Reflections on April's "Pay Attention" experiment – momentum begins with moment

2/5/2013 |

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April was a bit of a strange month for my productivity experiments.

For a start off, I had the last week of the month off on hols, then the week before that I spent a lot of time building up to my first London Marathon (which was ace!).  So I feel I may have blogged a lot less than I’d have liked to.

That said, I had some fascinating conversations with people over the course of the month, some of which I have referenced here already in previous posts and some of which I will be sure to come back to, as I continue blogging through the year.  I am also planning on doing a consolidation month towards the end, where I start to design the ideal month of productivity, combining all of the experiments so far.  But in the month of April, my goal was to experiment with meditation and look at its effects on – and interaction with –  attention.

How did it go?  What did I do?

Most days, I managed to use the Headspace app and do a “Take 10” or “Take 15” session.  It’s a great app, because it demystifies what meditation is and does.  It’s very accessible, not too flowery and very simple to get started.  I also tried a few times to meditate without being guided and have to say I didn’t get much better at this as the month went on, but at least the month gave me the impetus to try this more regularly.  I’ve always preferred guided meditation (where you have a teacher or a recording keeping you on track) since that’s how I originally started learning in India.

What were the benefits?

I think there were two significant benefits to my focussing on meditation this month.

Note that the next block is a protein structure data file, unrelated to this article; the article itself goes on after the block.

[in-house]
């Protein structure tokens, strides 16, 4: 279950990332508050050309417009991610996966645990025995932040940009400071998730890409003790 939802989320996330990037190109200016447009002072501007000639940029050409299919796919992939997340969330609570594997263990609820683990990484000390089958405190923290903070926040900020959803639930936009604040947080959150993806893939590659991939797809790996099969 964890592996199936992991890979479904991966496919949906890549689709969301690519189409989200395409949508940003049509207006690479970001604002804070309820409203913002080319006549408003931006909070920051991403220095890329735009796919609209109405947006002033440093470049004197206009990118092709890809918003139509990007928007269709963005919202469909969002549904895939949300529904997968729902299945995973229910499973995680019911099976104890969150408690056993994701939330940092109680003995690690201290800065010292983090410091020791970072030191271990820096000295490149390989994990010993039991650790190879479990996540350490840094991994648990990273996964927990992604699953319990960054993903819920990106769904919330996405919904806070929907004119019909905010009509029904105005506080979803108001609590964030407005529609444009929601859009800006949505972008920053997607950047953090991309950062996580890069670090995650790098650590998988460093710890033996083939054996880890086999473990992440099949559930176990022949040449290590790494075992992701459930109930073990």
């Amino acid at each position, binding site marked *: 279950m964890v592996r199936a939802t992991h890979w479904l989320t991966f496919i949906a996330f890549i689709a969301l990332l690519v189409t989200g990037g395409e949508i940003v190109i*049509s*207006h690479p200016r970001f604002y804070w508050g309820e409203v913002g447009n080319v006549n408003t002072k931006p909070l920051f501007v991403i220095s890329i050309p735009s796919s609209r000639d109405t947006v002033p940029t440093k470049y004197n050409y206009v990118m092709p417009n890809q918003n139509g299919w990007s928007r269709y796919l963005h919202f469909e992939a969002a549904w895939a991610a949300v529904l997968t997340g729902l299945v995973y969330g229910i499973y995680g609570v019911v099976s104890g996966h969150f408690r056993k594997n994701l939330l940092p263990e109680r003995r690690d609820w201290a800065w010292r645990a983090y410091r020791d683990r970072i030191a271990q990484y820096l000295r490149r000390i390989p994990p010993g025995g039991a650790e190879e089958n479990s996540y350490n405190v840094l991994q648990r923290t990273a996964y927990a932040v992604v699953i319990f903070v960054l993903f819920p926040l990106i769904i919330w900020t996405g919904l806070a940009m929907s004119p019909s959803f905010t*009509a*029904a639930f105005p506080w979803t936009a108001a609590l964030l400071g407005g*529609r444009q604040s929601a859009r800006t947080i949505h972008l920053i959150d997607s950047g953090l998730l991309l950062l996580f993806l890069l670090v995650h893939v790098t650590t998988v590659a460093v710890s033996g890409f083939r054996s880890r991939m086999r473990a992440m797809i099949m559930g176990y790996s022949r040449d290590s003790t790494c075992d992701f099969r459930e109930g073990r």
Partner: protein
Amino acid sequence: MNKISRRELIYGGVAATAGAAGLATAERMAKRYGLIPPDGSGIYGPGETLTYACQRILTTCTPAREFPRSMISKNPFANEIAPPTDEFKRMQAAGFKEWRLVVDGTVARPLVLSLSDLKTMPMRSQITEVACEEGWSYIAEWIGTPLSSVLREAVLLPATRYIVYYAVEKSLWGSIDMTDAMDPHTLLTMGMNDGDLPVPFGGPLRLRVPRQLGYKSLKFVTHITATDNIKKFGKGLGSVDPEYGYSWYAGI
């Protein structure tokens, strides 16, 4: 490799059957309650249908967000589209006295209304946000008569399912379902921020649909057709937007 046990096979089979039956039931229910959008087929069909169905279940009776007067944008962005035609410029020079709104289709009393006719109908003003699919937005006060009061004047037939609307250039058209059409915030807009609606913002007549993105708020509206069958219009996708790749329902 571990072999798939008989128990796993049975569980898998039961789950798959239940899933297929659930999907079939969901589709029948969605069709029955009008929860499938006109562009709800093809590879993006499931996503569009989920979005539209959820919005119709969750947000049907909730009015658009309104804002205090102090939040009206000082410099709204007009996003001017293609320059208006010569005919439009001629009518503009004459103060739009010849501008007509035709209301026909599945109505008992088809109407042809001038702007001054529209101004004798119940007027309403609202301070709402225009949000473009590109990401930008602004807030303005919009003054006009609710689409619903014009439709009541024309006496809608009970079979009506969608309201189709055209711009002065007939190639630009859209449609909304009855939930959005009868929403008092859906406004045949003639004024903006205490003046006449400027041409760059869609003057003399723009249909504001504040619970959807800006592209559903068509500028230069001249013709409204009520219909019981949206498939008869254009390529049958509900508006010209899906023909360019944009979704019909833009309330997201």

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Firstly, I definitely noticed on the days where I was meditating at the beginning of the day, I was intuitively better able to avoid distractions.  On the days I didn’t meditate, I was more concerned with checking Facebook on my phone or cranking through useless emails when my attention deserved better.  This is a great reflection for productivity.  And feels perhaps superficial compared to what I’m about to say next.

So my second big conclusion is this: I have lately started to gain an appreciation of the power of the present moment – and as philosophical and pretentious as this sounds, there is a profound yet subtle link to productivity here too.

On marathon day, I should have been a bag of nerves.  I’d never run one before and even in the build up to it, I was occasionally letting my nerves get the better of my thinking.  Cue Lizard Brain (“you’re going to fail“, “you’re going to die at mile 19“, “your knee will shatter into a million pieces“, “you will let EVERYONE down“, and so on and so on).  Yep, the Lizard Brain imagines all those nightmare and unlikely scenarios and helps you experience them as if there was a chance they’d ever be real.

Yet on the day, I got up, ate a huge bowl of rice, meditated just for ten minutes and then headed to Greenwich for the start line.  The sun was shining, I felt incredibly relaxed despite this moment being six months in the making and having a lot emotionally invested in it.  I looked around and could see everyone strutting about looking nervous and fidgety.

But my own Lizard Brain was strangely absent.

Instead, my internal monologue was saying “you’re about to be part of something amazing, look around, savour these moments, appreciate the sunshine, appreciate all the costumes, support, effort, love and human connections that make all this possible“.

I wondered why my lizard brain had been replaced by a hippy.  Or at least by the Jim Morrison character from Wayne’s World 2.  But really I think meditation has the ability to help us calm down, connect better with what matters and see the world as a cute and beautiful instagram-filtered picture instead of seeing the world as a nagging list of possible nightmare scenarios and struggles to be won or lost.

And what the hell does this second point have to do with productivity?  Well, by erasing such deficit-thinking, we connect more with the present moment.  By connecting with the present moment, we build a deeper understanding of whatever one thing our attention is on in that moment, and we develop a quality of attention that is deeper – subtly achieved yet profound in its ability to make things happen.

Momentum starts with the moment.


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Like this? Try these

Read more about Graham’s Extreme Productivity Experiments

Find your productivity method with one of our How to Get Things Done workshops

Read more about the Lizard Brain

If You’re Too Busy to Meditate, Read This – Harvard Business Review


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